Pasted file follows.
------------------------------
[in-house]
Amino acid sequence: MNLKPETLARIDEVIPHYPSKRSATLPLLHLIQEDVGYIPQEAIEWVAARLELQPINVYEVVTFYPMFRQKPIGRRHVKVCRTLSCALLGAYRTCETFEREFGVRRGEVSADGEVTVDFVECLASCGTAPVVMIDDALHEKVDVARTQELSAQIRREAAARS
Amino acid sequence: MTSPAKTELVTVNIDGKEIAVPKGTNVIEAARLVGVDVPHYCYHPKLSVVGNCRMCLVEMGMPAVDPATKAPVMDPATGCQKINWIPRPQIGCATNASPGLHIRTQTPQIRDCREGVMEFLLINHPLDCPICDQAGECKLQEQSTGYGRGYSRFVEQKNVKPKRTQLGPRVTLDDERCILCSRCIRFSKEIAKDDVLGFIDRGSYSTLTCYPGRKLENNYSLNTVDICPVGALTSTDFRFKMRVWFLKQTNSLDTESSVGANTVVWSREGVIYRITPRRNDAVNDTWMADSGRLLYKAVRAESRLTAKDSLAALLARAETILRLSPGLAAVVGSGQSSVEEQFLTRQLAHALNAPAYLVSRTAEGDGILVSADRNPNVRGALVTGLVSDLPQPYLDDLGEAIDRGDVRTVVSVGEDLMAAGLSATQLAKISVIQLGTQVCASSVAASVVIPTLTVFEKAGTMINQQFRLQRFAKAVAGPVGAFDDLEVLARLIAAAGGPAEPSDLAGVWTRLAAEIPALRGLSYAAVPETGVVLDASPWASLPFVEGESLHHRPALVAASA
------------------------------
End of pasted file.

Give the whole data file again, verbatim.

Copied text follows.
[in-house]
Amino acid sequence: MNLKPETLARIDEVIPHYPSKRSATLPLLHLIQEDVGYIPQEAIEWVAARLELQPINVYEVVTFYPMFRQKPIGRRHVKVCRTLSCALLGAYRTCETFEREFGVRRGEVSADGEVTVDFVECLASCGTAPVVMIDDALHEKVDVARTQELSAQIRREAAARS
Amino acid sequence: MTSPAKTELVTVNIDGKEIAVPKGTNVIEAARLVGVDVPHYCYHPKLSVVGNCRMCLVEMGMPAVDPATKAPVMDPATGCQKINWIPRPQIGCATNASPGLHIRTQTPQIRDCREGVMEFLLINHPLDCPICDQAGECKLQEQSTGYGRGYSRFVEQKNVKPKRTQLGPRVTLDDERCILCSRCIRFSKEIAKDDVLGFIDRGSYSTLTCYPGRKLENNYSLNTVDICPVGALTSTDFRFKMRVWFLKQTNSLDTESSVGANTVVWSREGVIYRITPRRNDAVNDTWMADSGRLLYKAVRAESRLTAKDSLAALLARAETILRLSPGLAAVVGSGQSSVEEQFLTRQLAHALNAPAYLVSRTAEGDGILVSADRNPNVRGALVTGLVSDLPQPYLDDLGEAIDRGDVRTVVSVGEDLMAAGLSATQLAKISVIQLGTQVCASSVAASVVIPTLTVFEKAGTMINQQFRLQRFAKAVAGPVGAFDDLEVLARLIAAAGGPAEPSDLAGVWTRLAAEIPALRGLSYAAVPETGVVLDASPWASLPFVEGESLHHRPALVAASA